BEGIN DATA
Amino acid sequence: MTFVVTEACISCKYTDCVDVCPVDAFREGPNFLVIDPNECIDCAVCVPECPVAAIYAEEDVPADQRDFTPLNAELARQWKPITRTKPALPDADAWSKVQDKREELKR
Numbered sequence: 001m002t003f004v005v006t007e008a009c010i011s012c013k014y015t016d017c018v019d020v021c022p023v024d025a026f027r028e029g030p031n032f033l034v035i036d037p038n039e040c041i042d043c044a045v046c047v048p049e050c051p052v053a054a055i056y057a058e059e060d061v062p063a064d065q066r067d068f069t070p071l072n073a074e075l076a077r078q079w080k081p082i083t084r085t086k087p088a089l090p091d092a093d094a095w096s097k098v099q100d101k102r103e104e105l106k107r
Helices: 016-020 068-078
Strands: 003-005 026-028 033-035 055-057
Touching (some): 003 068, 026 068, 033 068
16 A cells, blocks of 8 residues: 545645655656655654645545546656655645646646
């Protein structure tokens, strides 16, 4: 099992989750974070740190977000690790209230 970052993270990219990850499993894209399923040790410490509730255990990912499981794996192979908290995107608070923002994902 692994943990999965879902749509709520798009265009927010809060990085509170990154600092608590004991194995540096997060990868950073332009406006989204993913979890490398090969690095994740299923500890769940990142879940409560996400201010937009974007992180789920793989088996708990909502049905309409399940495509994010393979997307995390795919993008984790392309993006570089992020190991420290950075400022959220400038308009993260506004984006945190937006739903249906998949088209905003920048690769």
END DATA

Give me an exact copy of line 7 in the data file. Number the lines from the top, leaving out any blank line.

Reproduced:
């Protein structure tokens, strides 16, 4: 099992989750974070740190977000690790209230 970052993270990219990850499993894209399923040790410490509730255990990912499981794996192979908290995107608070923002994902 692994943990999965879902749509709520798009265009927010809060990085509170990154600092608590004991194995540096997060990868950073332009406006989204993913979890490398090969690095994740299923500890769940990142879940409560996400201010937009974007992180789920793989088996708990909502049905309409399940495509994010393979997307995390795919993008984790392309993006570089992020190991420290950075400022959220400038308009993260506004984006945190937006739903249906998949088209905003920048690769």